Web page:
John Corran is a retired headteacher. He first enjoyed organ music as a chorister in Birkenhead a teenager, when he was given the opportunity to play the three manual Willis organ. But it wasn’t until he finished working that he was given the chance to play the organ at St Paul’s Irton.
Once he found out that the restoration of the organ had been looked into, but funding was preventing it from happening, he decided to offer to lead a fundraising campaign. Here’s his plea for your help:
I issue this plea to ask you to help us restore our village church organ.
St Paul’s Irton stands proudly overlooking Wasdale Valley and its iconic summits of Great Gable and Scafell.
Within it is an instrumental gem. The Grade II listed John Nicholson organ is the very heart of a church in a large rural community.
And that heart is failing. The truth is that, while there are many more important issues to worry about, every time we lose a little heart, we lose everything it supports and bit by bit, we will lose all we come to value.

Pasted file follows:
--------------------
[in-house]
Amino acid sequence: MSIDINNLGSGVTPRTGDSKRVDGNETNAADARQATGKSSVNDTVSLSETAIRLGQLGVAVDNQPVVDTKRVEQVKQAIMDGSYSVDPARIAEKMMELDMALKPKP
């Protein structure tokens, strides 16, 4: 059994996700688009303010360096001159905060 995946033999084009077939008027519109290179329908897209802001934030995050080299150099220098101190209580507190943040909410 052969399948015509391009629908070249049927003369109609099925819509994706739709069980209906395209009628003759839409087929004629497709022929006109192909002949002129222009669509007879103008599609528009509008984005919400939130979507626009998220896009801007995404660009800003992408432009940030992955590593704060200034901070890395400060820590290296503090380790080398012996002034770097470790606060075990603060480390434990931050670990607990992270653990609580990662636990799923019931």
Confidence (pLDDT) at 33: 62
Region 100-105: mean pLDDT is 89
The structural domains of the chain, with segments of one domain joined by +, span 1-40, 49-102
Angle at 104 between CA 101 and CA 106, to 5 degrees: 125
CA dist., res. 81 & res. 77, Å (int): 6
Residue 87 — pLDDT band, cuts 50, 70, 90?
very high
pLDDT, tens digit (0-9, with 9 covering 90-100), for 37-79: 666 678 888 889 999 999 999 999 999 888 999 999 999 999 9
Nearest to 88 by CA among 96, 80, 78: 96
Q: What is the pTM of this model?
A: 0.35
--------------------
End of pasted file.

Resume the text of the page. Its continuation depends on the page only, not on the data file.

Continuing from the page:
Nicholson, a 19th century organ builder, was renowned for the quality of his work and the wonderful colour of sound that his instruments produced.
So much so that he built many instruments abroad including New Zealand and Australia.
St Paul’s is the only example of his work in Cumbria.
Built in 1874 under John Nicholson’s direction, the organ is almost 150 years old and is wearing out.
A full restoration would see the instrument preserved for future generations to: sing with, to play and learn on, listen to and enjoy.
In order to raise the £80,000 required to restore the instrument, I started the fundraising effort by cycling to all St Paul’s Churches in England, covering over 3,800 miles and visiting 253 during May and June 2022.
I am currently offering talks recounting my adventures on the ride to any groups that have made a request. I have also attended local events and craft fairs to raise funds.
Local events in the church are being organised to increase its community use.
So far, including various successful grant applications £33,000 of the £80,000 has been raised.
It is interesting to note, that the instrument built in 1874, was paid for by public subscription at a cost of £600. The latter in today’s money equates to £86,805.09!
If your are interested and would like to support the restoration of this magnificent instrumental gem there are a number of ways:
Just Giving – justgiving.com/crowdfunding/john-corran-irton-organ
Sponsor one of the 1,044 pipes – for information, email [email protected]
Order a bespoke card – for information, email [email protected]